In the 11 years preceding the war, more than 3.3 million people left the country to work abroad, while their families remained in Ukraine. The inflow of remittances to Ukraine in 2020 reached $12.1 billion. Such remittances were good for the economy.

In 2021 alone, according to the Institute of Demography and Social Research, the number of labor migrants was three million. People aged 18–29 and 30–39 were most likely to migrate. Quite a large number of people worked under tourist visas. Among them were those who went abroad for temporary or seasonal work. On returning home, they contributed to Ukraine’s economy.

With the war, the situation has changed. Families in which one member worked abroad now have the opportunity to leave together. If we take a family with many children as an example, even the father has the right to travel abroad during martial law. Ukraine cannot expect contributions to the economy from people who live abroad and receive social assistance in other countries.

The European Union extends temporary protection for citizens of Ukraine who are there as a result of the war. This protection will be valid for one year and can be automatically extended for six months, a maximum of two times. The European Commission can also propose that the Council of the EU extend the protection for another year. It follows, then, that the maximum term for this temporary protection is three years.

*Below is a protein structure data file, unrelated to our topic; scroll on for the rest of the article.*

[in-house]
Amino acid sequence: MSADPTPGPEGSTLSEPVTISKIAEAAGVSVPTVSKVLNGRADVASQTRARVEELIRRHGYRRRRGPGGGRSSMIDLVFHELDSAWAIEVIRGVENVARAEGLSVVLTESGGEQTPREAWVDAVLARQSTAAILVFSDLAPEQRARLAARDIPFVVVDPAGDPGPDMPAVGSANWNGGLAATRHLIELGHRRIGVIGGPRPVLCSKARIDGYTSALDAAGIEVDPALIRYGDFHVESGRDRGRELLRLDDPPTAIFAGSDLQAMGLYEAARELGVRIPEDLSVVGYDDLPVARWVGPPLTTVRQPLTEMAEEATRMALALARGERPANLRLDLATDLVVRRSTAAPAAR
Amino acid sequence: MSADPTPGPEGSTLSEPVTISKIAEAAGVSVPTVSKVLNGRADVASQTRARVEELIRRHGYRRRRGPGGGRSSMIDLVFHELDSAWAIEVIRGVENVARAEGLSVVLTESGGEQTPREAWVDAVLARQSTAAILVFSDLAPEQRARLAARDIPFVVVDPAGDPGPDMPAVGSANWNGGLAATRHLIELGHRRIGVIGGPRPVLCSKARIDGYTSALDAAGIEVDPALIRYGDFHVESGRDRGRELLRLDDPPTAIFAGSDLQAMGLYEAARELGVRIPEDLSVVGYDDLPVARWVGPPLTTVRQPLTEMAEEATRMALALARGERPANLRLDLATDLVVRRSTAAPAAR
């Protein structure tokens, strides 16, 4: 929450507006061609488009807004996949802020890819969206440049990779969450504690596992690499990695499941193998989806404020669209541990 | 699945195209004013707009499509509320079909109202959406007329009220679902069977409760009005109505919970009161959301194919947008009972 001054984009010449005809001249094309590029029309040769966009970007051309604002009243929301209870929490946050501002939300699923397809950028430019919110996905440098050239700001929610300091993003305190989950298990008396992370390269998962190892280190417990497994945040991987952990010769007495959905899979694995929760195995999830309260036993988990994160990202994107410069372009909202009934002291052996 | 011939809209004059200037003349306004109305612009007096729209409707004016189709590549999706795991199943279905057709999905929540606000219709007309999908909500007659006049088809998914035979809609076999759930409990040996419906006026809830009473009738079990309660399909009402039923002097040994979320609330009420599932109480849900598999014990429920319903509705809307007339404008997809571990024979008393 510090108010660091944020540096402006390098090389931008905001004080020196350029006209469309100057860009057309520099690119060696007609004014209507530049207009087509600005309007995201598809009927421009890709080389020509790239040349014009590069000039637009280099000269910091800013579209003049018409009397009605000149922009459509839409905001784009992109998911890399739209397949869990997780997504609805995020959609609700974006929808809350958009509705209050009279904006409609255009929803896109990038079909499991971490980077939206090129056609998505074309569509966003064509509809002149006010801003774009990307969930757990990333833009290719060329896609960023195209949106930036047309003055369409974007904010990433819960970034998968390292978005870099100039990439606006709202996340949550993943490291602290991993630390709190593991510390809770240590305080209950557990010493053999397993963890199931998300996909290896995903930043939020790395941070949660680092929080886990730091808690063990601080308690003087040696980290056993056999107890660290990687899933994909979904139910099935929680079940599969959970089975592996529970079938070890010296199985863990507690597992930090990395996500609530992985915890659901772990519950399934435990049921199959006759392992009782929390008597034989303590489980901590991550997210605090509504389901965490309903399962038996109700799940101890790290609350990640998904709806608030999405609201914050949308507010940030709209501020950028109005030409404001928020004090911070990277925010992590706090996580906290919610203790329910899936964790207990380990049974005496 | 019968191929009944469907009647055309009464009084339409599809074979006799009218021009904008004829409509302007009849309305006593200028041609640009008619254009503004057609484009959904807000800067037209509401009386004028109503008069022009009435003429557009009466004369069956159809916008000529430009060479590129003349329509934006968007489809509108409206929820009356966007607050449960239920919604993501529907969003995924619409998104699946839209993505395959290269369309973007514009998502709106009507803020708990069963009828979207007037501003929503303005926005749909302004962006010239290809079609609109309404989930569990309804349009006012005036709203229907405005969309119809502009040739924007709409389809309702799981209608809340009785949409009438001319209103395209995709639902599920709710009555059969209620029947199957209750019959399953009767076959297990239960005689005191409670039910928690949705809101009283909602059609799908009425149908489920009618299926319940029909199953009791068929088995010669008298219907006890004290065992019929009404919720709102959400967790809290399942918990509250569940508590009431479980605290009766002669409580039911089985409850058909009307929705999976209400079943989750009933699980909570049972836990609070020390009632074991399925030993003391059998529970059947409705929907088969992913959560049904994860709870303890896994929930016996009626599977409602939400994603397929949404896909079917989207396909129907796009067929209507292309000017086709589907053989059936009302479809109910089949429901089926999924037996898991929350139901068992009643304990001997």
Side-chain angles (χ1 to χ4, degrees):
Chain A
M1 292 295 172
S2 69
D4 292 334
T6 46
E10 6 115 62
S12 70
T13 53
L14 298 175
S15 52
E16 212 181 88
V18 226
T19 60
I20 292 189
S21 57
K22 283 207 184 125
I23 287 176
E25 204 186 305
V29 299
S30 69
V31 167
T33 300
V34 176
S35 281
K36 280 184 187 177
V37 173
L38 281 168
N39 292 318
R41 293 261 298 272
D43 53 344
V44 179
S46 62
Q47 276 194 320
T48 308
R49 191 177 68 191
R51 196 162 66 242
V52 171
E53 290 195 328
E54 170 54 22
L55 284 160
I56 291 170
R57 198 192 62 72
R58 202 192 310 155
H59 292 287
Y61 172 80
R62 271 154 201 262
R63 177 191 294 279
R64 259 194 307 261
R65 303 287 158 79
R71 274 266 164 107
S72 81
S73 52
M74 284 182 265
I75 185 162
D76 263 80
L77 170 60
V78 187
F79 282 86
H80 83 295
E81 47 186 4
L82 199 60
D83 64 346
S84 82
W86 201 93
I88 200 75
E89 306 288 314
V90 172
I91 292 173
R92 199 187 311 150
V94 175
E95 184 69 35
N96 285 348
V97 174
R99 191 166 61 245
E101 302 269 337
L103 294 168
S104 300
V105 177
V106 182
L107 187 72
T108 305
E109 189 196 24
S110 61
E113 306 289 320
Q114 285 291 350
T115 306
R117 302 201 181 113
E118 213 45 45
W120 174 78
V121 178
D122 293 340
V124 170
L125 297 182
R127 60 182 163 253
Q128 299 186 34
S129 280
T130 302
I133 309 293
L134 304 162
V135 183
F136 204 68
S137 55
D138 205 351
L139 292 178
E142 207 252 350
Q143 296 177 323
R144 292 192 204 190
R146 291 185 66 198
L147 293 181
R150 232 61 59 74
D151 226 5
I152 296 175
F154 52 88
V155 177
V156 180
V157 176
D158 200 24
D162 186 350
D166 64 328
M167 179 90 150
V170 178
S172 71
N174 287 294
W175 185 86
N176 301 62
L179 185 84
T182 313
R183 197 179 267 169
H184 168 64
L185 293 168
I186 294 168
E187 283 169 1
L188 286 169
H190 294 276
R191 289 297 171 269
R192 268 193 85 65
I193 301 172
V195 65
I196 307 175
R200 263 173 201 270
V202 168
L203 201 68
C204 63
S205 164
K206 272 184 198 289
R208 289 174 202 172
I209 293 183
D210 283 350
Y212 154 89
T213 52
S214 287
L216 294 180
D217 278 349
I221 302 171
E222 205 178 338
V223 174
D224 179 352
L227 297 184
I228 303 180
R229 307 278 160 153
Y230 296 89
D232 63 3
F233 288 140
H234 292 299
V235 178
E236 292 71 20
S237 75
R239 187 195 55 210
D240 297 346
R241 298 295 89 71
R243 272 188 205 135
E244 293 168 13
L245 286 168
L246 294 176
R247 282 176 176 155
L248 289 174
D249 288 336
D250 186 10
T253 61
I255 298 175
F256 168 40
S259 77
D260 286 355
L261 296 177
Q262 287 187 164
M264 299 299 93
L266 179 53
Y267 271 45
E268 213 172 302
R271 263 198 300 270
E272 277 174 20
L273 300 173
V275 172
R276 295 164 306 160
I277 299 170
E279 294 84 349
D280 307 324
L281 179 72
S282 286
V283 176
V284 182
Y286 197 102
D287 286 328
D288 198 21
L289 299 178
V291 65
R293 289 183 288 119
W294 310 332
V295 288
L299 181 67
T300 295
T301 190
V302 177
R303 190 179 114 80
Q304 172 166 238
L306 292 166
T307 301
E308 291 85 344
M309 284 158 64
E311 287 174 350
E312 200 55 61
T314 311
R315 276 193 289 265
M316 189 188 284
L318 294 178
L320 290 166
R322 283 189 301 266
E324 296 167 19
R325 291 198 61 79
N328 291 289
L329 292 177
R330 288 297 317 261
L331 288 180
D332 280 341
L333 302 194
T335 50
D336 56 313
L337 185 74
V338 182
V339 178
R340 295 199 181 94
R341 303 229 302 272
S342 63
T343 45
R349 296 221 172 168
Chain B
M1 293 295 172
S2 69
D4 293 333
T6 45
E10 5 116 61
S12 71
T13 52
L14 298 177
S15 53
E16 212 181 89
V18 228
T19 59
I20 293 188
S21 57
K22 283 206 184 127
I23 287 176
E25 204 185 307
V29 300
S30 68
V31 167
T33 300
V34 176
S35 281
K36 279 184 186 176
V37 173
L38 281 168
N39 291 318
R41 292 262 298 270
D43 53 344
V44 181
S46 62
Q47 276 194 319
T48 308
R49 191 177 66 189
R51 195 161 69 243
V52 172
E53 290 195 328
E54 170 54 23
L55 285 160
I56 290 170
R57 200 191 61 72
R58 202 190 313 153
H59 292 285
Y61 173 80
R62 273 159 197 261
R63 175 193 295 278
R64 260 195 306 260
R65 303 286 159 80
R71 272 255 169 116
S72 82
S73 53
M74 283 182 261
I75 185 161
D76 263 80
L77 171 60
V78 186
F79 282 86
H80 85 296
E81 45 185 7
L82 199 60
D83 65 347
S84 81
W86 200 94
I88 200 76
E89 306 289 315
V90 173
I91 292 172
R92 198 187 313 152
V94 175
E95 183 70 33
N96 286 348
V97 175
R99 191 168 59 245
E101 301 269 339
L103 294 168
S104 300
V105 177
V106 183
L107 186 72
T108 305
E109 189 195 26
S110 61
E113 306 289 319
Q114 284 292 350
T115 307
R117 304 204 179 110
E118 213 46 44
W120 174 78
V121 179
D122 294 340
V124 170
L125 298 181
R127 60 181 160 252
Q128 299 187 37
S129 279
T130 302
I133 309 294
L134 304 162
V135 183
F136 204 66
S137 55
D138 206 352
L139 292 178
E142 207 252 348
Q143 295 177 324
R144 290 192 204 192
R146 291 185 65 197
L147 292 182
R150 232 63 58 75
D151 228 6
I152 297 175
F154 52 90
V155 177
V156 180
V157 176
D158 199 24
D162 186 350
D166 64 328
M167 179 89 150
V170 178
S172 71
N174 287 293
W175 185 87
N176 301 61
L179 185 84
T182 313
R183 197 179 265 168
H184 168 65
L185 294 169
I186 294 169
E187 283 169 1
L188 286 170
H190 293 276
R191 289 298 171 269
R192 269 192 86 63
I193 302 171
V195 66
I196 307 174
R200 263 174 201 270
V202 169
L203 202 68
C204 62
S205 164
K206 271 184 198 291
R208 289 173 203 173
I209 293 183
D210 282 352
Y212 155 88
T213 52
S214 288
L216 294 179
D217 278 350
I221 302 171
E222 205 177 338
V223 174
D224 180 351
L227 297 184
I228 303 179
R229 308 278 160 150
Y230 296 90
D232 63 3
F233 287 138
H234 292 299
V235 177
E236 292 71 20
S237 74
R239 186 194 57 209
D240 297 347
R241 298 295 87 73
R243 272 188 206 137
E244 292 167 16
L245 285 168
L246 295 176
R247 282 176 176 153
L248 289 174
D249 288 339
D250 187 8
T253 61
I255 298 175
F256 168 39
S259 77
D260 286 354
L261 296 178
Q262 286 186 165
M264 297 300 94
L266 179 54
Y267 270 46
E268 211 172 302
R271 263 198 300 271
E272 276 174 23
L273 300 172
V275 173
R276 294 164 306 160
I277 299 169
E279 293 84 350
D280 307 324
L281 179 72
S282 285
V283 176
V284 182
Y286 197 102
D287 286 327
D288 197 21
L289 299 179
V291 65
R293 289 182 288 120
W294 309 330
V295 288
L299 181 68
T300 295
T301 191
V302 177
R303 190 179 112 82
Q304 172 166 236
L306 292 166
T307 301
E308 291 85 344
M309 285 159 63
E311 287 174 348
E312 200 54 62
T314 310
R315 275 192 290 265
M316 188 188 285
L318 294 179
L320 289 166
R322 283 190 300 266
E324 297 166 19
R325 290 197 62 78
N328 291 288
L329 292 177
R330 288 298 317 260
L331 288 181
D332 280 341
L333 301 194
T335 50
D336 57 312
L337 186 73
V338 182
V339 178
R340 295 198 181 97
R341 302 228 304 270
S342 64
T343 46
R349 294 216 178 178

At the end of martial law, the husbands of the women who have left will probably rejoin their families, since those families will have already settled into life in other countries. Ukraine should develop a plan so that these active working-age people return. If they do not return, there will be massive losses for the country's economy. With the aging of the nation, it will also spell the beginning of a demographic crisis.

In order to avoid a scenario where the state economy has to depend mainly on the social security of pensioners, persons with disabilities, and those in need of social protection, the government should encourage citizens to repatriate to Ukraine. A good place to start will be to create affordable housing and stable, well-paying jobs.

The opinions expressed in this article are those solely of the author and do not reflect the views of the Kennan Institute.

About the Author

Kateryna Odarchenko

Kateryna Odarchenko

Kateryna Odarchenko is a political consultant, a partner of the SIC Group Ukraine, and a member of the International Association of Political Consultants (IAPC).

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Kennan Institute

The Kennan Institute is the premier U.S. center for advanced research on Russia and Eurasia and the oldest and largest regional program at the Woodrow Wilson International Center for Scholars. The Kennan Institute is committed to improving American understanding of Russia, Ukraine, Central Asia, the Caucasus, and the surrounding region though research and exchange.  Read more